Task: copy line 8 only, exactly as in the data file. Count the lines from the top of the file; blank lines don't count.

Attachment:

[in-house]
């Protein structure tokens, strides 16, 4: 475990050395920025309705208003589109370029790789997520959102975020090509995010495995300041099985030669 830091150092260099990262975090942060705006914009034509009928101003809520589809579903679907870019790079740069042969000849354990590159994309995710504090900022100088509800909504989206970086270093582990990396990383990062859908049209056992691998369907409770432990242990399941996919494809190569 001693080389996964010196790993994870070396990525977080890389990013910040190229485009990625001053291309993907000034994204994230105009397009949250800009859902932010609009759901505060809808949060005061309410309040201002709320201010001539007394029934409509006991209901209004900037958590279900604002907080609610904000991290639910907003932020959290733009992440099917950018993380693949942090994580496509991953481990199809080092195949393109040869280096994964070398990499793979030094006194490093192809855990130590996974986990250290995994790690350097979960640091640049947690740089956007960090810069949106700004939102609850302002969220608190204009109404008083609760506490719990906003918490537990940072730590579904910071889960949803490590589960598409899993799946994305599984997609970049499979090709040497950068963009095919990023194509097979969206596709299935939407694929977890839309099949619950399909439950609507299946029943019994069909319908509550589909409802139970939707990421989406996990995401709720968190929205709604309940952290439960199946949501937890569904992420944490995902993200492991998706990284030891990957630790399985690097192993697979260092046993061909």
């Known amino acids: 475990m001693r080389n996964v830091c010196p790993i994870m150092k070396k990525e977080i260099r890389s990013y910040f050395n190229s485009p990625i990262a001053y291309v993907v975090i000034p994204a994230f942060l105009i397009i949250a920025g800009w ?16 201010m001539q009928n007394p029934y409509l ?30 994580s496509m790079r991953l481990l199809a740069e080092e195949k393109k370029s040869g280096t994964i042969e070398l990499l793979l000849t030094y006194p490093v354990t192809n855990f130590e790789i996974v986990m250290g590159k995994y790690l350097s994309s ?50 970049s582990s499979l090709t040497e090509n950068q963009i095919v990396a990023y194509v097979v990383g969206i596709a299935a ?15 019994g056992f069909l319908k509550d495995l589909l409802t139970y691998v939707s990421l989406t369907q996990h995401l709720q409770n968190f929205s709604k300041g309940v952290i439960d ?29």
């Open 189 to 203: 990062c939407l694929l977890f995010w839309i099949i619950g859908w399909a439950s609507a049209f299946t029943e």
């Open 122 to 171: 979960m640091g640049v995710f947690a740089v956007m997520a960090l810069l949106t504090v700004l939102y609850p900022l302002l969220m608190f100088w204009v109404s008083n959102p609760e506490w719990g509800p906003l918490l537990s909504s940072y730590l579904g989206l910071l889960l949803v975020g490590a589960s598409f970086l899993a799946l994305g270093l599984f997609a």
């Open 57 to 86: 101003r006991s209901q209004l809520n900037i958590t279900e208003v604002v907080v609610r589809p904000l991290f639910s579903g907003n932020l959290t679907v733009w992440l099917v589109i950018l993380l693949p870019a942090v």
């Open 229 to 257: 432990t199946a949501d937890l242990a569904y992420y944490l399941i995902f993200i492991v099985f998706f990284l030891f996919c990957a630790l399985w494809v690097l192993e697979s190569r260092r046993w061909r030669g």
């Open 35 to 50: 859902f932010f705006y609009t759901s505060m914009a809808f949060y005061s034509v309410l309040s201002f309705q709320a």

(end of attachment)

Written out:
């Open 35 to 50: 859902f932010f705006y609009t759901s505060m914009a809808f949060y005061s034509v309410l309040s201002f309705q709320a």